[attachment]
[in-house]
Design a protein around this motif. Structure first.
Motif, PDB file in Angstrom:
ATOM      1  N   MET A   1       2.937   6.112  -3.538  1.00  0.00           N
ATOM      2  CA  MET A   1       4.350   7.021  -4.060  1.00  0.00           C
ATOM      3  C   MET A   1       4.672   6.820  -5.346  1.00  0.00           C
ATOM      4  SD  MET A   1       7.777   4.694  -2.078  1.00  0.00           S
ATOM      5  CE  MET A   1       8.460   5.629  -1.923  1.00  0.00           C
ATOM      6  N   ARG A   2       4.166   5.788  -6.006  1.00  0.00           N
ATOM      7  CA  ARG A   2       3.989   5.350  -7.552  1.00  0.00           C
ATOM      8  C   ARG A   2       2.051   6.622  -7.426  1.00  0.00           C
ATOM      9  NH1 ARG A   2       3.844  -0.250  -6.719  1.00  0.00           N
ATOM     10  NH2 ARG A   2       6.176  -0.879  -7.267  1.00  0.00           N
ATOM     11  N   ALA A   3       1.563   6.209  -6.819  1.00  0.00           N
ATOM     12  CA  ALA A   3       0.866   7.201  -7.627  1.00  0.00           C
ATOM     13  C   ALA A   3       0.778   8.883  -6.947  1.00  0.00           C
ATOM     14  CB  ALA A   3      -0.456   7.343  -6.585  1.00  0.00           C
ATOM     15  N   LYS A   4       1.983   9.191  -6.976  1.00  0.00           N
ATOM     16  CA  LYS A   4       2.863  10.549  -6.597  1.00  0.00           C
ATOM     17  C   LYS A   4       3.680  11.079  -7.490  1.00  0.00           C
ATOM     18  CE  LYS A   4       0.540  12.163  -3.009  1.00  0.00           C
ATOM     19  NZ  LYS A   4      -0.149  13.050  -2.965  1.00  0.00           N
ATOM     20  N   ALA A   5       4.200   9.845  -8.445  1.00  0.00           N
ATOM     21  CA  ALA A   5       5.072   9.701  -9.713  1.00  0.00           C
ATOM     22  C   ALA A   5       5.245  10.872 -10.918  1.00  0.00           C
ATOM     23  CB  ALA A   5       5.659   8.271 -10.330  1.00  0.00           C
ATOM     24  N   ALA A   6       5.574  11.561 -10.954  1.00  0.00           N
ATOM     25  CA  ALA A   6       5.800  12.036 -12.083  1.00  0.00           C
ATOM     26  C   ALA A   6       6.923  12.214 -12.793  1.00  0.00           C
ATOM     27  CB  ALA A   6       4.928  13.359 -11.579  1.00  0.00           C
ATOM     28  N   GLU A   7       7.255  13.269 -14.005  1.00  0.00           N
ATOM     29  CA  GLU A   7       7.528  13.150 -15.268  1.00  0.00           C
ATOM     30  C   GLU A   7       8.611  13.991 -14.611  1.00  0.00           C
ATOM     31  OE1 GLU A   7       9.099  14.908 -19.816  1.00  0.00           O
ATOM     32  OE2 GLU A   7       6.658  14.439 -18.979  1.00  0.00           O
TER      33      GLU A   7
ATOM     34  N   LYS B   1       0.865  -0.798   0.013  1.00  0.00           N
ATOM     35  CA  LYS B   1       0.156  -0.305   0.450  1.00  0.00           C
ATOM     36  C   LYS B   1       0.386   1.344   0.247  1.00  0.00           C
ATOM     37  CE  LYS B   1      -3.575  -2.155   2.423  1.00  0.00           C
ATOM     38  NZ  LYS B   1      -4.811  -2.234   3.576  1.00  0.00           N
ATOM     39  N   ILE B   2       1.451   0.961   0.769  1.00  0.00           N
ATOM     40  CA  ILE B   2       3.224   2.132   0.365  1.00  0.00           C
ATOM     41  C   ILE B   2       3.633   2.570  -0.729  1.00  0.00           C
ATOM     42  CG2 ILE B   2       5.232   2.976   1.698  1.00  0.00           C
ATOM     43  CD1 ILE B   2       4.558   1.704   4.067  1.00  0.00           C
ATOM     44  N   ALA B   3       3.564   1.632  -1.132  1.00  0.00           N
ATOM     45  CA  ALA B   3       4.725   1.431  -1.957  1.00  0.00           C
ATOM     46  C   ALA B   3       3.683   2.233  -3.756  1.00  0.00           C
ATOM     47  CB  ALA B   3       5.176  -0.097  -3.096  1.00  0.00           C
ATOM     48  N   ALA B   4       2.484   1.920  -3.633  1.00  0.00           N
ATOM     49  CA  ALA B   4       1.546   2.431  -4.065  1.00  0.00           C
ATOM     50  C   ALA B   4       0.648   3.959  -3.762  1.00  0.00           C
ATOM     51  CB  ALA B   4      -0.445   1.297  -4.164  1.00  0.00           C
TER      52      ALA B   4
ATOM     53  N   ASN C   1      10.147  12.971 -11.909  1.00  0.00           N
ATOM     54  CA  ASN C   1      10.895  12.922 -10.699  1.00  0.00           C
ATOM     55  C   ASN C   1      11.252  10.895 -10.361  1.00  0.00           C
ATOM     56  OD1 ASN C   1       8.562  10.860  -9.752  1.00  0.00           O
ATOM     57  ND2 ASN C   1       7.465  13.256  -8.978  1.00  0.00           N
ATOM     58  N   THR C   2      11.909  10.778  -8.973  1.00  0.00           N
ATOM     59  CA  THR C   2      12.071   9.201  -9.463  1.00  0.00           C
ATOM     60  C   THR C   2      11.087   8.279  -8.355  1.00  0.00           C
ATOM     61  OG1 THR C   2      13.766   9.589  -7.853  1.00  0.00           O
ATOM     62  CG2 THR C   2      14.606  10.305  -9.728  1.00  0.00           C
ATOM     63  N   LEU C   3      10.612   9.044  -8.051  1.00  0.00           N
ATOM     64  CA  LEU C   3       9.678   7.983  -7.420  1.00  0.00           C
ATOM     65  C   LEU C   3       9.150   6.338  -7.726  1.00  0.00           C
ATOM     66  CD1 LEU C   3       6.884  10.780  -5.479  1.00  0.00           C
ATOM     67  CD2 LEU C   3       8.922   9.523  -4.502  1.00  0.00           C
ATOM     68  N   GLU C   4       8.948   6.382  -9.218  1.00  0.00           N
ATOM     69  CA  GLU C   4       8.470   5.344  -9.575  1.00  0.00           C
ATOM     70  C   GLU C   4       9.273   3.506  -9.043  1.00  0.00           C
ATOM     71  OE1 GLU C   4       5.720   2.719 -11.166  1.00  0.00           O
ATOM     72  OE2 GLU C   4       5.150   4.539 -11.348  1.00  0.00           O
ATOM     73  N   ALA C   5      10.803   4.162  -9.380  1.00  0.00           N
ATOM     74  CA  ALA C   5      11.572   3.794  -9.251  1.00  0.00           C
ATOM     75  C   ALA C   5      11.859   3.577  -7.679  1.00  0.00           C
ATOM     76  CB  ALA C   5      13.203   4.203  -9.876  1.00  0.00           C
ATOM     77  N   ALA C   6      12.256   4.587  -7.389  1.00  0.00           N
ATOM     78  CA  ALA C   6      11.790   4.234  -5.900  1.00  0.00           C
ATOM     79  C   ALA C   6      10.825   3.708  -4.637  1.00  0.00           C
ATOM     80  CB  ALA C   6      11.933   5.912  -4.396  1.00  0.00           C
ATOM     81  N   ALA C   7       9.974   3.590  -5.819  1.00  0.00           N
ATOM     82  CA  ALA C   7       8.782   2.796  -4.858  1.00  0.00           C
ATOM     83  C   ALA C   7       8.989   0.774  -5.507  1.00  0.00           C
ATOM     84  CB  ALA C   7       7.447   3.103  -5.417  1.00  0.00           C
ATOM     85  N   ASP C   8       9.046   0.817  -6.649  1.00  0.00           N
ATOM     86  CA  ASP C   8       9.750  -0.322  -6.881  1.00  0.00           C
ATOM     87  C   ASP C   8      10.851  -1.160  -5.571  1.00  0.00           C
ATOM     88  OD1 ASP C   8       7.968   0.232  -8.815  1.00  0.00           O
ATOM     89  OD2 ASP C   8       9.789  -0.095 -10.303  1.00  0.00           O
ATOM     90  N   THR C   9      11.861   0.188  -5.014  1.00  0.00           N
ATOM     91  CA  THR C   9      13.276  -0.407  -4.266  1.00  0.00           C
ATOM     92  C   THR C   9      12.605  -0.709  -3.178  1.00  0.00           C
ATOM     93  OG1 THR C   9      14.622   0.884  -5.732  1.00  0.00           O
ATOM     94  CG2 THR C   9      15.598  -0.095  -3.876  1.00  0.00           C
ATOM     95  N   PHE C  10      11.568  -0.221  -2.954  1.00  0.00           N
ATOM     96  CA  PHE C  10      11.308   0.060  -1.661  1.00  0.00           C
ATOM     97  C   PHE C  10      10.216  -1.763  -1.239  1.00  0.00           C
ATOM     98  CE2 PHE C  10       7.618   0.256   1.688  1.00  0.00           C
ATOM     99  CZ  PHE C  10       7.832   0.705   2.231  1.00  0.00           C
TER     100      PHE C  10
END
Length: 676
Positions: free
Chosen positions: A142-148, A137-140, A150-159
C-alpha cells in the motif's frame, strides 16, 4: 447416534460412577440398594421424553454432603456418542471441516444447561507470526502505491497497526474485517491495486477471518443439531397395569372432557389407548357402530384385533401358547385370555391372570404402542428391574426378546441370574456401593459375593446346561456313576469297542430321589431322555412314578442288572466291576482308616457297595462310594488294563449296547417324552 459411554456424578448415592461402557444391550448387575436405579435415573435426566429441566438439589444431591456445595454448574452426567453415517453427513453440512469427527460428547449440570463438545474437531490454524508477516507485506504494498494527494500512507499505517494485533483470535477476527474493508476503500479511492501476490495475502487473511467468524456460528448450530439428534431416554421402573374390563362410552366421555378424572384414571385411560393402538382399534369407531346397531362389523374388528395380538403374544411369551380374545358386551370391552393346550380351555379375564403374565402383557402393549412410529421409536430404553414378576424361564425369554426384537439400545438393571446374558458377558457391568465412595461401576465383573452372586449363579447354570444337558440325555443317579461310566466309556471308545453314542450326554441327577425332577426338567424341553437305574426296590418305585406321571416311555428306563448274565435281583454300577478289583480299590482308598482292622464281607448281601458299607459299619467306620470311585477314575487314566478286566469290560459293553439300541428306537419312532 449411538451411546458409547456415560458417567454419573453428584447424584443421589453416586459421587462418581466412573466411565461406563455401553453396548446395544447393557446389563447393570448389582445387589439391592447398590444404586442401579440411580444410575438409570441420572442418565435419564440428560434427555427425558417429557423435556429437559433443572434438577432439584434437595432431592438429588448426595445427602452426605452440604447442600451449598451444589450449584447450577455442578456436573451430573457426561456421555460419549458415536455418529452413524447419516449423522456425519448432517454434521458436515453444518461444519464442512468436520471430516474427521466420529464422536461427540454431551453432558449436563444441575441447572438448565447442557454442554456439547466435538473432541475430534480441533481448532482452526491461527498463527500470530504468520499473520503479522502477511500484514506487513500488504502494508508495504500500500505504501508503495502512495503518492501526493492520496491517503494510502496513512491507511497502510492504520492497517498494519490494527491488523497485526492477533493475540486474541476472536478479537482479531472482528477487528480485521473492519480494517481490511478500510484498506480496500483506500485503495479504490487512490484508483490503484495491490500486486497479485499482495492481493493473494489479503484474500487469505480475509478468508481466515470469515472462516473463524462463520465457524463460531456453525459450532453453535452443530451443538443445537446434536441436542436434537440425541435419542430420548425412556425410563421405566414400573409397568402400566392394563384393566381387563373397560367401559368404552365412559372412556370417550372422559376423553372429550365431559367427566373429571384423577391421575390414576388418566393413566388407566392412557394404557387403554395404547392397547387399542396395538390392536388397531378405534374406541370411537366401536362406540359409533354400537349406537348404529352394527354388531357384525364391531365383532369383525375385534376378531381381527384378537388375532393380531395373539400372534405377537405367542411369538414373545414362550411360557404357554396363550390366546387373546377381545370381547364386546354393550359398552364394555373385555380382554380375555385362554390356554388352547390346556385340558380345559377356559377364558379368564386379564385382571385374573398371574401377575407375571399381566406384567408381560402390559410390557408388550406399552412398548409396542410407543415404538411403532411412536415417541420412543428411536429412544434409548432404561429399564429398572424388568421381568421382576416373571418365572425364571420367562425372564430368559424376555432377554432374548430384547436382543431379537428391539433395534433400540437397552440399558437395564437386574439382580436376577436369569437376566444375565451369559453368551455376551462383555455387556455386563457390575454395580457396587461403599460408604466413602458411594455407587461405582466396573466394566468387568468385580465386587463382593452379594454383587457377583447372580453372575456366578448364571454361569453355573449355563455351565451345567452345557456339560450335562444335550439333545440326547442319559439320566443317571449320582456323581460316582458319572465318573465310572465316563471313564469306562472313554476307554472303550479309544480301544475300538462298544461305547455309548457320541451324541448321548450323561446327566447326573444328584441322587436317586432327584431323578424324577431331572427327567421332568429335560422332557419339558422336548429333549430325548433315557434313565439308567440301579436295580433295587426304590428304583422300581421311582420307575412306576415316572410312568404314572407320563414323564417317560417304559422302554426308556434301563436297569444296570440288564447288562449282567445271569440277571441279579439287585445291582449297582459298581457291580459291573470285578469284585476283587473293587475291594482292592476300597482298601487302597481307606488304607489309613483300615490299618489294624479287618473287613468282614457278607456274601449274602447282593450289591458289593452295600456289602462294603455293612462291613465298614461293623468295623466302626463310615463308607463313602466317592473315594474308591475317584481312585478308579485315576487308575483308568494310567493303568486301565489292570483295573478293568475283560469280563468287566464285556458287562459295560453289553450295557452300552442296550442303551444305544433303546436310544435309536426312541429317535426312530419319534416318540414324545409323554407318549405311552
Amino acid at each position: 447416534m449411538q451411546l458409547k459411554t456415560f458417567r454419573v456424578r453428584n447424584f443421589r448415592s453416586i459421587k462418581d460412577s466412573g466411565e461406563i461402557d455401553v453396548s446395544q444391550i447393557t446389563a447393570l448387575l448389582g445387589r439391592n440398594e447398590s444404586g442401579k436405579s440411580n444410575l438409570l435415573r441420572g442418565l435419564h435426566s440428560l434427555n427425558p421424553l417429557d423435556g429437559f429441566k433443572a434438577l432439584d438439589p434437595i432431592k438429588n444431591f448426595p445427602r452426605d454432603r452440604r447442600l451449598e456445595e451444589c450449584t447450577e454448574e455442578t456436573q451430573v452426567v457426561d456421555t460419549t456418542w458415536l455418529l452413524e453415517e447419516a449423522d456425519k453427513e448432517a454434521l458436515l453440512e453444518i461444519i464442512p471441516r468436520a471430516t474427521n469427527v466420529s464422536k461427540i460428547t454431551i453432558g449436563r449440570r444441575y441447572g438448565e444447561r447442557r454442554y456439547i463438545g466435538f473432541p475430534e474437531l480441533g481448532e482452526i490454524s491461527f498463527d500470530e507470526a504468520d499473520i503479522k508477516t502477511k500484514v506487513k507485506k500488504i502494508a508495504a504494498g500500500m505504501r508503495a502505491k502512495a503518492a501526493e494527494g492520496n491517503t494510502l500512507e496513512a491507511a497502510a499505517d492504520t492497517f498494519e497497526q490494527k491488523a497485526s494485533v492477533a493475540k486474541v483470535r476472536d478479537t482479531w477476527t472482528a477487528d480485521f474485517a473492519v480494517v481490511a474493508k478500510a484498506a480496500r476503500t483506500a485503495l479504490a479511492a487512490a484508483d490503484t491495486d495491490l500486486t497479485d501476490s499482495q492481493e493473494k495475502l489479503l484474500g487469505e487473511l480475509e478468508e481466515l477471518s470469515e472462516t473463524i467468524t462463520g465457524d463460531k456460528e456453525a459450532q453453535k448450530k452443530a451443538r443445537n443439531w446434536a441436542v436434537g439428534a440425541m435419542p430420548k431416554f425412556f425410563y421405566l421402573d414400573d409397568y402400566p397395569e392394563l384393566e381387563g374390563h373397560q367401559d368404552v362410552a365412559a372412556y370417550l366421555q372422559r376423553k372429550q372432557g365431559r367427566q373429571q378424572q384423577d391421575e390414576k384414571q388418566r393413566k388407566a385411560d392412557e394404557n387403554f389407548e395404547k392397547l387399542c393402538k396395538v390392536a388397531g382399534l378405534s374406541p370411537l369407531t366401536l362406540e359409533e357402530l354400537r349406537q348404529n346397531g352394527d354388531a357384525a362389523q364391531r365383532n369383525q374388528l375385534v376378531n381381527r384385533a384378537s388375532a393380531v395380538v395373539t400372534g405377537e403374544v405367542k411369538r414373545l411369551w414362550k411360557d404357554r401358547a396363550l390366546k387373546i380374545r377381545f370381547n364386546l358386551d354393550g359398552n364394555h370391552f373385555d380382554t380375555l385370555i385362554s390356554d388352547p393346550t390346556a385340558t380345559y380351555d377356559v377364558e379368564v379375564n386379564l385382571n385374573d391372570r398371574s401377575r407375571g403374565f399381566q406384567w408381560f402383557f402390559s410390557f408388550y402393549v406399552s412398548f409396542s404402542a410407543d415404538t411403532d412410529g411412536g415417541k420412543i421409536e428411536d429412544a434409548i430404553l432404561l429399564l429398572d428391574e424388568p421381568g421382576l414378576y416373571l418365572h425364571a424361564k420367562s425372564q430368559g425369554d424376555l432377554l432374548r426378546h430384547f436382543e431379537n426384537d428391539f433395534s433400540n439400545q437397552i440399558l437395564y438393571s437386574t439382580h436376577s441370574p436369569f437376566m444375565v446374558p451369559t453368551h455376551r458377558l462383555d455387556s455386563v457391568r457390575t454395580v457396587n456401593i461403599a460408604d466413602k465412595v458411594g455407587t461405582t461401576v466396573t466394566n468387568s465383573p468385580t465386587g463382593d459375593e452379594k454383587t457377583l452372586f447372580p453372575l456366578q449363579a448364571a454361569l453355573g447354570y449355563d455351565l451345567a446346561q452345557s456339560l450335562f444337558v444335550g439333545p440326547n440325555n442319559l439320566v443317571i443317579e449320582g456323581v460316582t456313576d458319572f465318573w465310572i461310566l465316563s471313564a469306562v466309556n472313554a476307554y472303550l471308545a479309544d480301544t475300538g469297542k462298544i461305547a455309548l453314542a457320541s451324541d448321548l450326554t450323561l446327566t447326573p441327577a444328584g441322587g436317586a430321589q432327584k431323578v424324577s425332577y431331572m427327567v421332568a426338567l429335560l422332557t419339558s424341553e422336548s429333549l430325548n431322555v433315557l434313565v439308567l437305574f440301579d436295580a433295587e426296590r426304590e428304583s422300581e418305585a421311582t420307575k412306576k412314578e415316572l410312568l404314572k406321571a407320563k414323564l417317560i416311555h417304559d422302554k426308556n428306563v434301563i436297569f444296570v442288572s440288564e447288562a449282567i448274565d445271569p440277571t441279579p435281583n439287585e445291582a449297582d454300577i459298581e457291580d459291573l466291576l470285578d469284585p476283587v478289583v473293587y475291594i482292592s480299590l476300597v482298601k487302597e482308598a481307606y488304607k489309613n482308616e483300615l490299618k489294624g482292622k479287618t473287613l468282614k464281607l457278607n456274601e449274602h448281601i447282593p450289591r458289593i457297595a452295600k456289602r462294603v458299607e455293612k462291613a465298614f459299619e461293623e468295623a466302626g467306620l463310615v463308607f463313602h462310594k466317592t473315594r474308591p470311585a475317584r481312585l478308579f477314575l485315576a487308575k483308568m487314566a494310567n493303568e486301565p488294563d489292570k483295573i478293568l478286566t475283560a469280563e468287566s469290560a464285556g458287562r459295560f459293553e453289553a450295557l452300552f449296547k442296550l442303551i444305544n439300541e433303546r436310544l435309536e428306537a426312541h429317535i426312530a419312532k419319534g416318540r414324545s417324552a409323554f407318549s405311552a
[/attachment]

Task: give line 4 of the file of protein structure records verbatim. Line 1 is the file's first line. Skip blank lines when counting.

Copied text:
ATOM      1  N   MET A   1       2.937   6.112  -3.538  1.00  0.00           N